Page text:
Star Wars: Kanan – First Blood

Star Wars: Kanan – First Blood
Star Wars - Kanan First Blood review
  • North American Publisher / ISBN: Marvel - 978-0-7851-9603-7
  • Volume No.: 2
  • Release date: 2016
  • UPC: 9780785196037
  • Contains adult content?: no
  • Does this pass the Bechdel test?: no
  • Positive minority portrayal?: yes

The popularity of Kanan Jarras stems from his leading role in Star Wars Rebels, and First Blood is the second of two volumes filling in his background before those days. It’s not chronological, and is framed by Kanan’s return to Kaller, his previous visit detailed in The Last Padawan. Greg Weisman only properly deals with the present day in the final chapter, in preference going back even further than the previous book to start with Kanan’s training at the Jedi Academy, when he was still Caleb Dume and where he met the Jedi who’d train him, Depa Billarba.

The Last Padawan showed her as unconventional, not agreeing with every ruling of the Jedi Council, and revealed Kanan as unsatisfied, questioning the basis of Jedi principles while also excelling at training despite his age. This takes place during the Clone Wars period, the Sith becoming ever bolder in their assaults. Weisman’s plot is less generic this time, dropping Kanan in the middle of a war where he learns lessons that’ll see him through life, earns comradeship and develops his practical skills. It’s a clever form of storytelling as in the previous volume we’ve already scene the finale of Kanan’s Clone Wars participation, and the fates of all who surround him, so adding a poignancy to what’s told. To spice things up, Weisman also throws in some villains known to Star Wars fans, and despite having disclosed the gist of events, he’s kept some surprises up his sleeve.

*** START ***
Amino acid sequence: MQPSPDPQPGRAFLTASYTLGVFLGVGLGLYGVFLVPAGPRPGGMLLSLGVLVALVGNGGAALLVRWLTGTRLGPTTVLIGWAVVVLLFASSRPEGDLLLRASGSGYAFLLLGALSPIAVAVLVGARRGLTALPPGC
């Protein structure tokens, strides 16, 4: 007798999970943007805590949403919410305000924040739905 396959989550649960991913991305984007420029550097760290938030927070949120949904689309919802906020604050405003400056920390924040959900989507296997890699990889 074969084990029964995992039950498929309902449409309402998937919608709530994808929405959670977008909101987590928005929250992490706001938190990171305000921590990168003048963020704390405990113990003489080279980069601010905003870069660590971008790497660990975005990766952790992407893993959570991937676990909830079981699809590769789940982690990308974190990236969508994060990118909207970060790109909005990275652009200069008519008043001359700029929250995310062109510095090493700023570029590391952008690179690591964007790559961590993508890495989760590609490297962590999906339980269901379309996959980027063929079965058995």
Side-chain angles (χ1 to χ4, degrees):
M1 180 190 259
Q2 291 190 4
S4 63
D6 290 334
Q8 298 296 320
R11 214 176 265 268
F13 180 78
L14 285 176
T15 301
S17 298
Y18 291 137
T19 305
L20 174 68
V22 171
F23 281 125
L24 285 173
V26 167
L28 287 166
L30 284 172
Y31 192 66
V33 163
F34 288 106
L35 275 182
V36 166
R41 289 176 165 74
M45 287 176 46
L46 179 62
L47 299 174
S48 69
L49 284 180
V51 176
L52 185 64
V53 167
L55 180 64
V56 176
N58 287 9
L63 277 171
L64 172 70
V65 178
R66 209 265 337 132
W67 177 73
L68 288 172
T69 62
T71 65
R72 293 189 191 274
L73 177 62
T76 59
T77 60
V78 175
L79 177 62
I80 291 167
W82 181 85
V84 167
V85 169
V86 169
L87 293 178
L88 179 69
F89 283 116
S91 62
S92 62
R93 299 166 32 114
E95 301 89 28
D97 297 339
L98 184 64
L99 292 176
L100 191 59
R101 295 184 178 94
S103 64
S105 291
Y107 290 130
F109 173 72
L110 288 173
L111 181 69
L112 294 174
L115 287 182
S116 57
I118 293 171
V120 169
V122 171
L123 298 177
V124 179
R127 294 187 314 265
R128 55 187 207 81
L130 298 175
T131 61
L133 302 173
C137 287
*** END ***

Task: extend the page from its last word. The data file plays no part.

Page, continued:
As First Blood is more attuned to the great battles for which Star Wars is known, the art of Pepe Larraz looks far better. There’s still an untidiness about his panel compositions, but they convey the thrill and rush of combat far better than they did the furtive missions of the previous book, indicating the rapid motion and confusion. Andrea Broccardo illustrates the finale, wrapping up the results of his present day activities on Kaller very satisfactorily.

This is a more enjoyable read than The Last Padawan, but wouldn’t be without the groundwork Weisman laid there, introducing characters and prompting sympathies. In isolation it wouldn’t have the depth. The Kanan books are better read together, and for that there’s the Kanan Omnibus.